He also must have felt, ‘the nation can go hang with their outcry’. He must have then decided, ‘if my boys in the army are happy why should I be bothered with the grumbling civilians?’.
It’s a shame we have this kind of a constitution which gives the president unfettered powers and absolves him from being answerable to the people he leads. It is also a pity that Botswana is made up of a nation that never seeks answers from its leaders.
We are not an inquisitive nation. We have been brainwashed to believe once someone becomes president, they are christened with wisdom. We surrender our fate into the hands of our president so much we would scramble for tree branches and roof rafters were he to declare a national suicide day.
The nation must be very worried at the powers our president wields. It is even more dangerous to the natives that it is to the foreigners. Imagine a situation where I and Mohamed personally rub the president the wrong way, say for example, by engaging in some hanky-panky with his girlfriend.
The president can deport Mohamed to his native India and since he cannot deport me, he can easily order my elimination fully aware he is not constitutionally compelled to divulge reasons for Mohamed’s deportation or reasons for my elimination. Afterwards he can choose to keep quiet and allow his puppets to quote sections from the constitution or even claim we were a threat to national security when in truth we would have been a threat to his love life.
When the president decided to release Kalafatis killers, he knew Batswana would not stand up and seek answers. He knew Batswana would not take to the streets to demonstrate their disgust. The president knew only the media would make noise for only a week and soon thereafter it will all be business as usual.
It seems the people who crafted our constitution never imagined Botswana would at some point have a president who could persecute the nation using what is legally permissible with total disregard to what is morally right. I’m shocked at reasons advanced by some morons who want us to accept that because it is alleged Kalafatis was a criminal his brutal killing is therefore justified.
These are the same idiots who want us to shut up because Khama’s clemency towards the Kalafatis murderers is well within the law yet they fail to explain why Kalafatis’ murder happened outside the dictates of the same constitution.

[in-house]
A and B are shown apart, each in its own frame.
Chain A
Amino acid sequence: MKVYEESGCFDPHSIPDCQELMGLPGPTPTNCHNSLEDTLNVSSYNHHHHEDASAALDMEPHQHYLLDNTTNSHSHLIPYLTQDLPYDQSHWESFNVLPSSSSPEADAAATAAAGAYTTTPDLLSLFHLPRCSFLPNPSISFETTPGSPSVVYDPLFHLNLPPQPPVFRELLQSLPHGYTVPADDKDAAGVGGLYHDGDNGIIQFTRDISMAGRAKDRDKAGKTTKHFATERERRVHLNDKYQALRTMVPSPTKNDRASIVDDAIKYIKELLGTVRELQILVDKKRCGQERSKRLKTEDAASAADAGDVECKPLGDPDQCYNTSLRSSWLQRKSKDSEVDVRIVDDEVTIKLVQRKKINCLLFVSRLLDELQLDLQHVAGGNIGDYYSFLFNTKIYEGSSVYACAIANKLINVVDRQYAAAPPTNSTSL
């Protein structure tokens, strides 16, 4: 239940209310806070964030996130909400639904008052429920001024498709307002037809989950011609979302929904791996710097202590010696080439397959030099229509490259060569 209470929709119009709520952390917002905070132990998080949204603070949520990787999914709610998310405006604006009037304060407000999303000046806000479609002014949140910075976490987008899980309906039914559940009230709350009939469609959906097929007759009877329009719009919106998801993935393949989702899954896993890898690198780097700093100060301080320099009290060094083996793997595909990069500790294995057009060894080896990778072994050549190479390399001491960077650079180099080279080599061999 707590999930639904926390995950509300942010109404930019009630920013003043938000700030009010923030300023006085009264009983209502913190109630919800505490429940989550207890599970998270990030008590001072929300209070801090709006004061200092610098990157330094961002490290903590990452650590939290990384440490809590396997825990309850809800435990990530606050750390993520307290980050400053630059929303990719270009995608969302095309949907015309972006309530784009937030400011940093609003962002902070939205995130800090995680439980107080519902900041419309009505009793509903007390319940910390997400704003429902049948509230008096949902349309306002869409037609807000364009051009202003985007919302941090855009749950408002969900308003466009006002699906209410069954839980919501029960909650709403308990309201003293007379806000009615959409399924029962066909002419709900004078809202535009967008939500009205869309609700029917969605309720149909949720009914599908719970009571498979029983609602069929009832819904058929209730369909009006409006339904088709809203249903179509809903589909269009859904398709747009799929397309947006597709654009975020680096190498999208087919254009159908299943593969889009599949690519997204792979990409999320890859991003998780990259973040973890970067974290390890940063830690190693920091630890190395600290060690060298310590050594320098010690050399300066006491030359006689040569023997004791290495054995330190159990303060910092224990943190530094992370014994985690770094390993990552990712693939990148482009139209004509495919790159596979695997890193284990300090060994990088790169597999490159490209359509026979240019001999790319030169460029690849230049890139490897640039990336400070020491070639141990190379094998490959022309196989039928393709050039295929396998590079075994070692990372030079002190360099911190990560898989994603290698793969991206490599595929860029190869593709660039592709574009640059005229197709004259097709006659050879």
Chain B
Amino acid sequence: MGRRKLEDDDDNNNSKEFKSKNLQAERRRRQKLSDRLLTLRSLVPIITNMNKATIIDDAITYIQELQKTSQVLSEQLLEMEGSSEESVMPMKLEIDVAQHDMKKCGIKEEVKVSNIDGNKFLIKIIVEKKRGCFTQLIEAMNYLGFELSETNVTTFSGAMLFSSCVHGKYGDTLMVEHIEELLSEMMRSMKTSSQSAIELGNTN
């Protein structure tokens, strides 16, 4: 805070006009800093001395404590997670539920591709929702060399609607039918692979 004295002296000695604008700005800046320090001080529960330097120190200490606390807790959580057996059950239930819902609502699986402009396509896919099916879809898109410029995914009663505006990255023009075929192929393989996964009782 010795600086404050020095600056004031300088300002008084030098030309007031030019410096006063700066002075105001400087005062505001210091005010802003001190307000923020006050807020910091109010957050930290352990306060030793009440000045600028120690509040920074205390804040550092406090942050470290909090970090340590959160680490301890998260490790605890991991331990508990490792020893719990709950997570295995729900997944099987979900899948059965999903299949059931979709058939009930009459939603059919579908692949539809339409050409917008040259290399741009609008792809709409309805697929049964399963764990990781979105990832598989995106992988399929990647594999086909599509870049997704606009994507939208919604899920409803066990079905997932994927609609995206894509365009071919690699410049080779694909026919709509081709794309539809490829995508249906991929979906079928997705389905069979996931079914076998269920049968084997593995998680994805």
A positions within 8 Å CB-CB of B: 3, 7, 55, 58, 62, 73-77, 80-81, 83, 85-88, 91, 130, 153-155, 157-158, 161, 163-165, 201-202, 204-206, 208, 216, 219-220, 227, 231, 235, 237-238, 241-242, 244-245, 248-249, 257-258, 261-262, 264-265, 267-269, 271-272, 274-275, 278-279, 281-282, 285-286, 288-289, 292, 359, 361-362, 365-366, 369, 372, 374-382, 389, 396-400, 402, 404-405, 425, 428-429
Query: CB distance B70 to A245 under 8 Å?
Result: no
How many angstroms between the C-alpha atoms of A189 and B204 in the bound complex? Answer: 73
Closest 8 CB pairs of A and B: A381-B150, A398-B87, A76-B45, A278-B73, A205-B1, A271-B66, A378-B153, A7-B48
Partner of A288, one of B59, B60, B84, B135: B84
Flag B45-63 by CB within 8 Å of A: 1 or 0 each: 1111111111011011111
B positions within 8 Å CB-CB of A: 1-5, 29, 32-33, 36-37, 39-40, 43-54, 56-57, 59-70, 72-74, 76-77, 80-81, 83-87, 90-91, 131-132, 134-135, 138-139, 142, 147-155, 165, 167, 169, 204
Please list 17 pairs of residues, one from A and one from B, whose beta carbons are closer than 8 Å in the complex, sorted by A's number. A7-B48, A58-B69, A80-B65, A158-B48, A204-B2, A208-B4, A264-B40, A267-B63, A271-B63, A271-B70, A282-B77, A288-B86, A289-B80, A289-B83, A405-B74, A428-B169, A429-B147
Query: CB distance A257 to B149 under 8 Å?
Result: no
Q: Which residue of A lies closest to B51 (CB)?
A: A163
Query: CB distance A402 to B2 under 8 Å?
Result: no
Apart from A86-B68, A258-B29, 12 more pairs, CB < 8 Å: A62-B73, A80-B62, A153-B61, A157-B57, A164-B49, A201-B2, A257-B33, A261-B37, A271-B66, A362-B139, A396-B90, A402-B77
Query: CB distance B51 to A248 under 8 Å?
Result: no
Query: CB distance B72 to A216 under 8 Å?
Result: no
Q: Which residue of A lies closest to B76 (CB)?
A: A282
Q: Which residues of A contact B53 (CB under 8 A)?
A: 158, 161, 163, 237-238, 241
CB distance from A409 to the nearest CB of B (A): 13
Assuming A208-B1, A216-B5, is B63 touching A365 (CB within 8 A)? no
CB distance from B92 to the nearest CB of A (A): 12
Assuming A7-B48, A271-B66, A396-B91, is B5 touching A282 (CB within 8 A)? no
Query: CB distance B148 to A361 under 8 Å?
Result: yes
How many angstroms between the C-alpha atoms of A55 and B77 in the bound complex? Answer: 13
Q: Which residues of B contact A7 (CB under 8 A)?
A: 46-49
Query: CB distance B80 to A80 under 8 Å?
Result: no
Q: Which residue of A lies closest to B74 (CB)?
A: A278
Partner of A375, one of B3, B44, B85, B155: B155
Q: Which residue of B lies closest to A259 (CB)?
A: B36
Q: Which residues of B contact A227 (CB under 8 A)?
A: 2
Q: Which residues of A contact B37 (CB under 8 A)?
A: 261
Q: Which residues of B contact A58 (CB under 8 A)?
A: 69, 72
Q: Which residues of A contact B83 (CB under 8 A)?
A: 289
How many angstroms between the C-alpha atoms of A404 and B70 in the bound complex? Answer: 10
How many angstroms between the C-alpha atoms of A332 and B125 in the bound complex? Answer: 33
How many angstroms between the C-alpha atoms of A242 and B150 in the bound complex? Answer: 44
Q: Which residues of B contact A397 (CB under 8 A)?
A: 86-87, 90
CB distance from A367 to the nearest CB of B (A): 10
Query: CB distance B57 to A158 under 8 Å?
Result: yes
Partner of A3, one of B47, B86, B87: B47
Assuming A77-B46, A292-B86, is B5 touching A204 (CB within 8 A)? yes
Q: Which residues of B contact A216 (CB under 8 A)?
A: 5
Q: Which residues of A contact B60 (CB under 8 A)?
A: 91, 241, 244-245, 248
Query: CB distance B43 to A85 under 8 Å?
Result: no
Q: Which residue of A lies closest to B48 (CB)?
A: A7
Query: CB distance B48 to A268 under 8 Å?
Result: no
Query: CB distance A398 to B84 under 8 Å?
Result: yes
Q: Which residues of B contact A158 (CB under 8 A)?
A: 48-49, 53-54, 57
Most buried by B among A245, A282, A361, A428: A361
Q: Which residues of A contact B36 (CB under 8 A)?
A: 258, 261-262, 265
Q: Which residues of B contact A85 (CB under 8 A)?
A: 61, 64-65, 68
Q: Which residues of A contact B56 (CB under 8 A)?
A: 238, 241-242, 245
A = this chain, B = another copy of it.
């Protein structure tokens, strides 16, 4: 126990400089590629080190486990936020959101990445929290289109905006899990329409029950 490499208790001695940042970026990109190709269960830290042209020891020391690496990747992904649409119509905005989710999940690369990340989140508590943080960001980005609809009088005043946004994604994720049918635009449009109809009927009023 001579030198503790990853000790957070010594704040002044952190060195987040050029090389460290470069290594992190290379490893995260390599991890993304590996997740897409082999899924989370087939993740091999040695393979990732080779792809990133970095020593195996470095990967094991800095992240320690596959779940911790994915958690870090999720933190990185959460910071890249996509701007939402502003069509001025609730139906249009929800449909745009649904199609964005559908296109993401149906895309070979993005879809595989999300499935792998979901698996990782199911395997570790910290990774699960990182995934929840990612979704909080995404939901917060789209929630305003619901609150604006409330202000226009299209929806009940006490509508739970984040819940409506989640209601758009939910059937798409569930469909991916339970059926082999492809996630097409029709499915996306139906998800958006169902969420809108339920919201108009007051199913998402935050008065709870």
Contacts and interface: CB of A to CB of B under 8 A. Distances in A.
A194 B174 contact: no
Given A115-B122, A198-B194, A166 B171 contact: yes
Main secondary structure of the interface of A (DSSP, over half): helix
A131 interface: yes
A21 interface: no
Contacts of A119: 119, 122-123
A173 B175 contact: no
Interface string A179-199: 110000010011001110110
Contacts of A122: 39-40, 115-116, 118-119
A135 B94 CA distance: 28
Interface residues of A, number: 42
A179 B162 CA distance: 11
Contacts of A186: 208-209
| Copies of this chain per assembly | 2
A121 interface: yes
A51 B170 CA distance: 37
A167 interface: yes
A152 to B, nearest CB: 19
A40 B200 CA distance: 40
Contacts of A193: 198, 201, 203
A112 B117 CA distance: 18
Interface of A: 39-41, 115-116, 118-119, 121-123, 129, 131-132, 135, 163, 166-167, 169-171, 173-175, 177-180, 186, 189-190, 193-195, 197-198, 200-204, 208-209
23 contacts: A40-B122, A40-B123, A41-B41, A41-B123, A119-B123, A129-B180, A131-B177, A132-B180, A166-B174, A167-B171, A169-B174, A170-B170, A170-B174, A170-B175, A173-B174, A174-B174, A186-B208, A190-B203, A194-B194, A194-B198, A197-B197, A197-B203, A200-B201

Our constitution calls for the arrest and prosecution of criminals. Even coldblooded murderers are not followed to their homes and killed by soldiers in the full glare of the public. They are tried and convicted and hanged by the neck after all the necessary legal procedures have been observed.
I, therefore, do not understand why some people would want to use Kalafatis’ alleged criminal record to justify these satanic actions by Khama and his trigger-happy boys.
Even the police have never come out to say Kalafatis had eluded arrest and that they had given up and surrendered him to the army.
I didn’t know John Kalafatis. Just like many people, I only got to know about him through the media after his murder. Surely, if Kalafatis wasn’t just a petty thief and was a hard core criminal who terrorised the country, we would have known about him while he was still alive. I am told John was a brave man and had he survived the bullets pumped into his body, Khama and his errand boys would be dealing with their match right now. They are lucky to have killed John because had they killed his brother and John was alive, the remake of Michael Dudikoff‘s action movie, Avenging Force, would be unfolding right before our eyes.
Rest in Peace John Kalafatis. Death is inevitable. Everyone, including your killers, is destined for death. You died through the bullet. We don’t know how your killers will die but we do know they will die, as will the rest of us and perhaps even more painfully than you who probably died instantly from the first bullet fired into your body. Sad!